What Does Passivation Mean?
Passivation is the process through which materials are protected from corrosion. Passivation aims to reduce the deterioration of materials (usually metals) caused by their reaction with the environment. The end goal of passivation is to increase the lifespan of the material in question by improving its corrosion-resistant properties.
Corrosionpedia Explains Passivation
Passivation involves applying an outer layer to a material to protect it from harmful reactions such as corrosion reactions. The layer may occur spontaneously in nature through a process called self-passivating, or it can be introduced to the material as a micro-coating. In this case, a light coat of material, for instance a metal oxide is used to form a shield against corrosion. In microelectronics, passivation is useful in the enhancement of silicon. The great practical significance of passivation is that it protects structural metals from rapid corrosion that occurs in fresh water, moist atmosphere and aggressive chemical mediums.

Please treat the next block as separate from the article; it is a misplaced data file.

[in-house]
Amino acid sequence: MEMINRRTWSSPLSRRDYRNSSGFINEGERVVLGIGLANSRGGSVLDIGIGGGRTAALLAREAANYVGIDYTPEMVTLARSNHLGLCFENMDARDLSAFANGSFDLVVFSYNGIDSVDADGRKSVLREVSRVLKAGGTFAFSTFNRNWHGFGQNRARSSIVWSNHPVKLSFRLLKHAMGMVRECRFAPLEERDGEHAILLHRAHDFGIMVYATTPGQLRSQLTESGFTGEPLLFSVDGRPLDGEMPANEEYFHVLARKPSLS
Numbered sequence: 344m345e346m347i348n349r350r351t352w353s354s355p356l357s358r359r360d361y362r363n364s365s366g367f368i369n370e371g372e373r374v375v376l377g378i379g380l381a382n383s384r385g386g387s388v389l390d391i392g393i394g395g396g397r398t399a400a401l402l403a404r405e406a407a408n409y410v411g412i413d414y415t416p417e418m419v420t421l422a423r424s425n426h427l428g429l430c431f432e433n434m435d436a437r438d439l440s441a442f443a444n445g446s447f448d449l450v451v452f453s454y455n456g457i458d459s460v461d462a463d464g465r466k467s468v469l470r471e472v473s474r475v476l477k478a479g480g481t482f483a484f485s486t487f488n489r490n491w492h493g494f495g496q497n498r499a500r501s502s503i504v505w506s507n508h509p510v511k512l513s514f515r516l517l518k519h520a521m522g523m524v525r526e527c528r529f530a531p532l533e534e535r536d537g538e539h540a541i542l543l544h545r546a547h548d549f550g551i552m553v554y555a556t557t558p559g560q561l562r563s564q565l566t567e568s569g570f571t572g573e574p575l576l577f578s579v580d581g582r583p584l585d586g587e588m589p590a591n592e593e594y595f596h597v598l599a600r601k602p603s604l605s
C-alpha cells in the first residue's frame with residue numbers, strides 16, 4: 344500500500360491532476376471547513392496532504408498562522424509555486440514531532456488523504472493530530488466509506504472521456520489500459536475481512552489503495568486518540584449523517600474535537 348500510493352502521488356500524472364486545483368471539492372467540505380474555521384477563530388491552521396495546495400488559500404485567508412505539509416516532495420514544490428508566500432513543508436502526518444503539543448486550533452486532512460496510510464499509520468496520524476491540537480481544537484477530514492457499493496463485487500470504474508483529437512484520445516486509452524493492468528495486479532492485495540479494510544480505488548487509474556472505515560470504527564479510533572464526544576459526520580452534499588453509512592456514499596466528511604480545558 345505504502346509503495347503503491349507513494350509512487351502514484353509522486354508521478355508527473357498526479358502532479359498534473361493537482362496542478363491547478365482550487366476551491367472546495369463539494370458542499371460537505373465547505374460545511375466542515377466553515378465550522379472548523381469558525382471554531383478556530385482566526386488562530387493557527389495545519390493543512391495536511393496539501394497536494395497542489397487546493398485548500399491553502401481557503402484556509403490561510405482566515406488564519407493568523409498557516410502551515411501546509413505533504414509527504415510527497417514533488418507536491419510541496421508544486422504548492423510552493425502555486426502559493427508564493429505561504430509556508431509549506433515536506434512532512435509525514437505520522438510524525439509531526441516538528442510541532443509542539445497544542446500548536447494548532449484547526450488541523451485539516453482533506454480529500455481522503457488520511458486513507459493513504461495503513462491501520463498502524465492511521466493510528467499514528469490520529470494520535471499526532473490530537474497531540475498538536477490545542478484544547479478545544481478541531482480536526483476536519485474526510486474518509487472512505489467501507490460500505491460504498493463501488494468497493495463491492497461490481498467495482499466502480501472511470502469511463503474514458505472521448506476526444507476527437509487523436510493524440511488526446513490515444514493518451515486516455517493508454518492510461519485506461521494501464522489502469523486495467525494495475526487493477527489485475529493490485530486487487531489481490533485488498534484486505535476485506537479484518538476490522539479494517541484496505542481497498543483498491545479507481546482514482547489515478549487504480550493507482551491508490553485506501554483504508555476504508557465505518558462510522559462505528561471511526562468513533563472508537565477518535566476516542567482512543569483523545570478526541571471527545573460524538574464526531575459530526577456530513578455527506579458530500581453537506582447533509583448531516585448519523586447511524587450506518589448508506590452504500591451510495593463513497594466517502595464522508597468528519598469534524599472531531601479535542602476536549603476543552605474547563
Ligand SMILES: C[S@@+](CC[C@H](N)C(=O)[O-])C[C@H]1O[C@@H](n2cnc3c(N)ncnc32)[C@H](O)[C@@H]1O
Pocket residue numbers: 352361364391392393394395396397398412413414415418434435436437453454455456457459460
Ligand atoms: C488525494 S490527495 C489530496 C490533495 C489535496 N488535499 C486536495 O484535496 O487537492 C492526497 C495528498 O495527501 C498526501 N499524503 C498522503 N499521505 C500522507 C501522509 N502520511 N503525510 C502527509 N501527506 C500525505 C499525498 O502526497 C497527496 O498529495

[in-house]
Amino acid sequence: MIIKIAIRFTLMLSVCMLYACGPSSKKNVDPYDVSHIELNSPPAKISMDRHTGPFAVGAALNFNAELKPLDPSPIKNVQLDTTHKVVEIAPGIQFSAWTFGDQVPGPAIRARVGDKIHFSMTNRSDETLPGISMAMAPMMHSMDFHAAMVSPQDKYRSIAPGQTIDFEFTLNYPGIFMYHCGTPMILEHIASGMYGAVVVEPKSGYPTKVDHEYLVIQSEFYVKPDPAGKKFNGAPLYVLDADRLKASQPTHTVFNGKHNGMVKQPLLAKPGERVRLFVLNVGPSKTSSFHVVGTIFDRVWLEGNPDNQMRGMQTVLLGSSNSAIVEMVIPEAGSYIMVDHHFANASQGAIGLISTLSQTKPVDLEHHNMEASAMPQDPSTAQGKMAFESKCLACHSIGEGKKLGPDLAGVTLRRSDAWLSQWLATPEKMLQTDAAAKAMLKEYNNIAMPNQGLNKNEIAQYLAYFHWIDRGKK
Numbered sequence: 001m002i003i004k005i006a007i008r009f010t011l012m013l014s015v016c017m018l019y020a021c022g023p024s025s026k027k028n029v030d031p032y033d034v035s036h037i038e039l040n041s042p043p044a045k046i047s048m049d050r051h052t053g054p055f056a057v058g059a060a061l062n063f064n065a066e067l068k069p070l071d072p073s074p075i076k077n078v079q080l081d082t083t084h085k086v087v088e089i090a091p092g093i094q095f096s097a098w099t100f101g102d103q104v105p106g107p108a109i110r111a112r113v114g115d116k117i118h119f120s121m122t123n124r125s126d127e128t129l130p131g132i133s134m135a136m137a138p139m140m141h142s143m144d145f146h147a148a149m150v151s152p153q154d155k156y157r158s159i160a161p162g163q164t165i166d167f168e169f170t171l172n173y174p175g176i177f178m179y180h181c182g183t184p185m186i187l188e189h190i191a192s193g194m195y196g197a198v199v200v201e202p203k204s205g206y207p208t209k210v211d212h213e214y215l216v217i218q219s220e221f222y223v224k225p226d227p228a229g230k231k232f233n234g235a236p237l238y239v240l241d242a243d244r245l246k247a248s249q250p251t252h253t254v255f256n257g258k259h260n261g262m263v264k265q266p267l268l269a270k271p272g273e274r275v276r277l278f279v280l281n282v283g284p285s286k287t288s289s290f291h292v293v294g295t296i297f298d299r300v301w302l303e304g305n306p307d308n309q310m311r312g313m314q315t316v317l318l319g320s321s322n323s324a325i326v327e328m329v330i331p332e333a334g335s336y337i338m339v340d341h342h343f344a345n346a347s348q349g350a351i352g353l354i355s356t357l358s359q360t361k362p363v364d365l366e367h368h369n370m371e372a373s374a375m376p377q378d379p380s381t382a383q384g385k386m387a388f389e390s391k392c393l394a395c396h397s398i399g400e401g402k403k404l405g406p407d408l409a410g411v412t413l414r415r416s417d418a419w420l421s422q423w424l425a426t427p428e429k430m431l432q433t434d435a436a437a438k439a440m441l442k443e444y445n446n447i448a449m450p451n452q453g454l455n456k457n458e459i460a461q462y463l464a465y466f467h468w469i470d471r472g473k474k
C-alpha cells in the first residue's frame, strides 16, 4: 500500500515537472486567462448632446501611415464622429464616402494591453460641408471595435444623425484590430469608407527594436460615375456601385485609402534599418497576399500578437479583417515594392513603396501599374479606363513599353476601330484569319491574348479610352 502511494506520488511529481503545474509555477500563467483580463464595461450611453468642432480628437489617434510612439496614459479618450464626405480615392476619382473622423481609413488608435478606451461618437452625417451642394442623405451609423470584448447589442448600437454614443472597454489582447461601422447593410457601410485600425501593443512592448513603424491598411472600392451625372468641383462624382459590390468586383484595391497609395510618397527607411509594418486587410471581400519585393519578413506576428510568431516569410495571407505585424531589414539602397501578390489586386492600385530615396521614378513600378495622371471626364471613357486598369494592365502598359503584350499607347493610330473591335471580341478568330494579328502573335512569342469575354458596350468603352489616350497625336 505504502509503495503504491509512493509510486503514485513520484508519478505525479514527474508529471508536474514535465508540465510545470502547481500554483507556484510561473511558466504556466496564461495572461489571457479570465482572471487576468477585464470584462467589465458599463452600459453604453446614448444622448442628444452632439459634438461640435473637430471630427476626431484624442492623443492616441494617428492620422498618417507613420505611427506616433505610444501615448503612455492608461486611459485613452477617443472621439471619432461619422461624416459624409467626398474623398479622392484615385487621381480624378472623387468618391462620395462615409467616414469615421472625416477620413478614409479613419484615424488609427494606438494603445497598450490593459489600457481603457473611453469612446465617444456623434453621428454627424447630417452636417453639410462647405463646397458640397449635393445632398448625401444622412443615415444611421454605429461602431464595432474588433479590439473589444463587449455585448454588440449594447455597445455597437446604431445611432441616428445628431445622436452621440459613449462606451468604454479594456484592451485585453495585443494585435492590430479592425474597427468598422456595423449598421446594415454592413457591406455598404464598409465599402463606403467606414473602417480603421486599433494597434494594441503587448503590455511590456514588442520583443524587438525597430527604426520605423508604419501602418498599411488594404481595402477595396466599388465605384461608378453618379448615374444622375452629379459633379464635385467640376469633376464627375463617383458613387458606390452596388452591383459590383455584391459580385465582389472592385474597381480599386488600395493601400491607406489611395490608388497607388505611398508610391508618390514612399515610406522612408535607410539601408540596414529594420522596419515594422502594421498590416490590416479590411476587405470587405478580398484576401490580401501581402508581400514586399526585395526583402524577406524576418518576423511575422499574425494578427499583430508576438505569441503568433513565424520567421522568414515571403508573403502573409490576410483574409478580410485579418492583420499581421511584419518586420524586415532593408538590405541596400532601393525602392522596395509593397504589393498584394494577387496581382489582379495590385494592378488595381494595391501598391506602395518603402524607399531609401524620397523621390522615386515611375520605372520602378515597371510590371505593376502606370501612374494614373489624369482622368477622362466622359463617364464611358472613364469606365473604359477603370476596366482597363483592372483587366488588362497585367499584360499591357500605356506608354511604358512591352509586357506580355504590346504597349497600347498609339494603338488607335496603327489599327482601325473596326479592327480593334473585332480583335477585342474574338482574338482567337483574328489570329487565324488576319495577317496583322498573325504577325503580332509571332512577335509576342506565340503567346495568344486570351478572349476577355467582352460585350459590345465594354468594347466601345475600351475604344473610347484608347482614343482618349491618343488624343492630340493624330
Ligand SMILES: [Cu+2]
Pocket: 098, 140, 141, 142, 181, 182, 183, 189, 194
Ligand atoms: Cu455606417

In industry, the anticorrosive properties of a metal that result from its natural passive state can be supplemented through passivation where a suitable solvent is used to treat the metal. The action of the solvent takes place as a chemical or electrochemical process. Oxidizing agents are the common passivators although other substances may also be used for passivation. For instance, nitric acid is used to passivate aluminum ware and chromate solutions to passivate zinc coatings. The rate of corrosion is reduced by passivation depending on the type of metal and its environment.